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Hvítserkur Travel Guide

4.6
1550 Google reviews
Type
Rock formations
Destination
Rif, Iceland
Location
713 Hvítserksvegur, Iceland
Opening Hours
Monday: Open 24 hours; Tuesday: Open 24 hours; Wednesday: Open 24 hours; Thursday: Open 24 hours; Friday: Open 24 hours; Saturday: Open 24 hours; Sunday: Open 24 hours
High Season
Summer
Family Friendly
Yes
Average rating
4.6
Number of reviews
1550

Hvítserkur, aka; “The Troll of North-West Iceland”, is a 15-metre (49ft) high basalt rock stack protruding from Húnaflói Bay.

Hvítserkur, otherwise known as the Troll of Northwest Iceland, is a 15 m (49 ft) tall basalt rock stack protruding from Húnaflói Bay. The rock is a nesting ground for seagulls, shag and fulmar, making it appear constantly in motion, further enforcing the idea that Hvítserkur is, in some way, very much alive.

The best way to visit Hvitserkur is on a relaxed self drive tour. One of the best options for doing so is this 7-day Arctic Coast Way self drive, available in the summer months.

Hvítserkur is best viewed along the eastern shore of Vatnsnes Peninsula and takes its name from the birdlife that nests on top of it. In Icelandic, the name translates to “white shirt”, a nod to the colour of the bird droppings that cover the rock.

Photographers tend to be drawn to Hvítserkur as a subject due to the way the sun, moon, and aurora borealis reflect off of the flat water around its distinctive form.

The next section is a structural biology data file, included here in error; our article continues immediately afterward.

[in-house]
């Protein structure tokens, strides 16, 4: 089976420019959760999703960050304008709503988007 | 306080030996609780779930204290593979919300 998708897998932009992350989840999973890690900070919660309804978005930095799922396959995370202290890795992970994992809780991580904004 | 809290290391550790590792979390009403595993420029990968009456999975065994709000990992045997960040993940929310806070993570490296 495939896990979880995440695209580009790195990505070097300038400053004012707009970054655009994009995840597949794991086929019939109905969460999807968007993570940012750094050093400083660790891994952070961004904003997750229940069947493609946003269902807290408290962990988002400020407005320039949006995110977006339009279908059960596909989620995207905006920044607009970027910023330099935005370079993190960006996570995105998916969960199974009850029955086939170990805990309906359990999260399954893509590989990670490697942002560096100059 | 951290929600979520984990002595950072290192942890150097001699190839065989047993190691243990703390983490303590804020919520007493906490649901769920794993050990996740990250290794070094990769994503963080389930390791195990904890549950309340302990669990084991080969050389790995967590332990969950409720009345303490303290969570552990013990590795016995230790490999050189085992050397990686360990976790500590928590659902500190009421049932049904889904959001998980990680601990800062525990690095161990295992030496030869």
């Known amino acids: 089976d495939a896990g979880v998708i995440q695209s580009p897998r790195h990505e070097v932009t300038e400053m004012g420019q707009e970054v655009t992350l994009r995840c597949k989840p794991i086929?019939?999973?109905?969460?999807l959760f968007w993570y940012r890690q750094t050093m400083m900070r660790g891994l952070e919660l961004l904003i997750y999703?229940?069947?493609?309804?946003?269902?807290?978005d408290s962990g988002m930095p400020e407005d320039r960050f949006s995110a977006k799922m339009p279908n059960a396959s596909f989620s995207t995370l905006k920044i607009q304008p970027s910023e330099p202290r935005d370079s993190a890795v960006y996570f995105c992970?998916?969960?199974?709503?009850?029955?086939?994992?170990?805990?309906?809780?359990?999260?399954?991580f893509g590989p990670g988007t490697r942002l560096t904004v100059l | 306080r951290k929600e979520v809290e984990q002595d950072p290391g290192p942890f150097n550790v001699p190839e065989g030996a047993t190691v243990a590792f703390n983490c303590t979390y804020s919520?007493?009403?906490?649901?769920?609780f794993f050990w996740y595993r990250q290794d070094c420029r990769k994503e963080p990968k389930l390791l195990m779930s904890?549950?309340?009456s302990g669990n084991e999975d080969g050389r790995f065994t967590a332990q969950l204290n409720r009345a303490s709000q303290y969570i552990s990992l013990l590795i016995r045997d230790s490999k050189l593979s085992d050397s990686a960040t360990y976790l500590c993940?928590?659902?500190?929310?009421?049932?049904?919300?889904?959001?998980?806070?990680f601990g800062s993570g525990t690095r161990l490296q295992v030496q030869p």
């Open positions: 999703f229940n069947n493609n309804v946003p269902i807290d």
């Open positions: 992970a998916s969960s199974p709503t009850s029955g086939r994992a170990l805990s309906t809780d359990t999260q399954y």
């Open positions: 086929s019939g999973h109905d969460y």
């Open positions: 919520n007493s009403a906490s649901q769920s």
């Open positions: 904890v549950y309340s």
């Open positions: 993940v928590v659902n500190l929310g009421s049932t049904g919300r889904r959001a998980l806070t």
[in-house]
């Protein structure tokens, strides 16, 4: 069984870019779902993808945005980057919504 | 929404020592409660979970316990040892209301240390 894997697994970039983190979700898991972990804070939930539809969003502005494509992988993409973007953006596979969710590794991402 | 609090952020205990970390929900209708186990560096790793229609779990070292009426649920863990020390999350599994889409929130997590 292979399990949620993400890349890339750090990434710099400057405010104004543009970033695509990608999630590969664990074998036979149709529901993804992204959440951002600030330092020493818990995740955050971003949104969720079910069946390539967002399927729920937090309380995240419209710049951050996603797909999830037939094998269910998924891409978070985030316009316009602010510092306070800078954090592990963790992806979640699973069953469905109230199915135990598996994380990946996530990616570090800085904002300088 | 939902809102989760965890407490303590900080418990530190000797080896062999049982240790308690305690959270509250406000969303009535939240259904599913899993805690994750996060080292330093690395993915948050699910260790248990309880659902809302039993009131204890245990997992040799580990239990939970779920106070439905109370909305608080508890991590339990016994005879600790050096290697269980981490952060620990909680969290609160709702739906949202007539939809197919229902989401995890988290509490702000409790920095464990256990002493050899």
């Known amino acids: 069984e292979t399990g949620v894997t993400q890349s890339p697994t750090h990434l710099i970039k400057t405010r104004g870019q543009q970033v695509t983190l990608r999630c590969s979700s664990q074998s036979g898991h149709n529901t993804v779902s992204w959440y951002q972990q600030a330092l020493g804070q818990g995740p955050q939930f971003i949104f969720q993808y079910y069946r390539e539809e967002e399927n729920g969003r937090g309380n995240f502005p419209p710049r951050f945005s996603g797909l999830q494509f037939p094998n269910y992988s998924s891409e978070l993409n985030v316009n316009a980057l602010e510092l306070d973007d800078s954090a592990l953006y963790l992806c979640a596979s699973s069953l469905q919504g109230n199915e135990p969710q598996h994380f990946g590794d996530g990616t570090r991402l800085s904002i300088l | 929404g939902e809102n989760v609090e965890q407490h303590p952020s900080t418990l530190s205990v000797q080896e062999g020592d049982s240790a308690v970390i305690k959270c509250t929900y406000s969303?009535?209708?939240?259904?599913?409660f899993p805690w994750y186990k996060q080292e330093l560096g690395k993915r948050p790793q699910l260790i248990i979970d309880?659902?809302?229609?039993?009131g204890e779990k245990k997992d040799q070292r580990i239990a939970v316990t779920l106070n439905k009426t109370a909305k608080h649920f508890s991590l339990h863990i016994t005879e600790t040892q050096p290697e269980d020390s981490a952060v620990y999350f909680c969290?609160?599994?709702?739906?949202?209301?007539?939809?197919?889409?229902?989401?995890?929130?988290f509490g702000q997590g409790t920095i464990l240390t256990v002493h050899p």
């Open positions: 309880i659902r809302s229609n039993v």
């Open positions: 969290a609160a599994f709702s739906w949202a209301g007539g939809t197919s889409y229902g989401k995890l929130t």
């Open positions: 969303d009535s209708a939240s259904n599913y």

Folklore of Hvítserkur

It should come as no surprise that Hvítserkur is often referred to as a troll—most distinctive Icelandic rocks are. Folklore says that Hvítserkur was originally a troll from the peninsula, determined to rip the bells down from Þingeyraklaustur convent; trolls, unlike elves, are said to be terrified of Christianity.

The beast was so enraged and persistent that it did not notice the rising sun, and was instantly petrified for eternity in its rays.

In hindsight, like most of Iceland’s folktales, it seems this one had a Christian message not so subtly weaved into it. It is likely that the story was an allusion to the people’s stoic resistance to the Christianisation of Iceland, implying those who held onto the view were as stubborn, stupid, violent and wicked as trolls, and perhaps on their way to a similar fate.

Iceland converted to Christianity in 1000 AD under the threat of invasion from Norway, and the transition was not easy; those who practised the religion of the Old Norse Gods were ostracised and punished for the millennium that followed.

Formation of Hvítserkur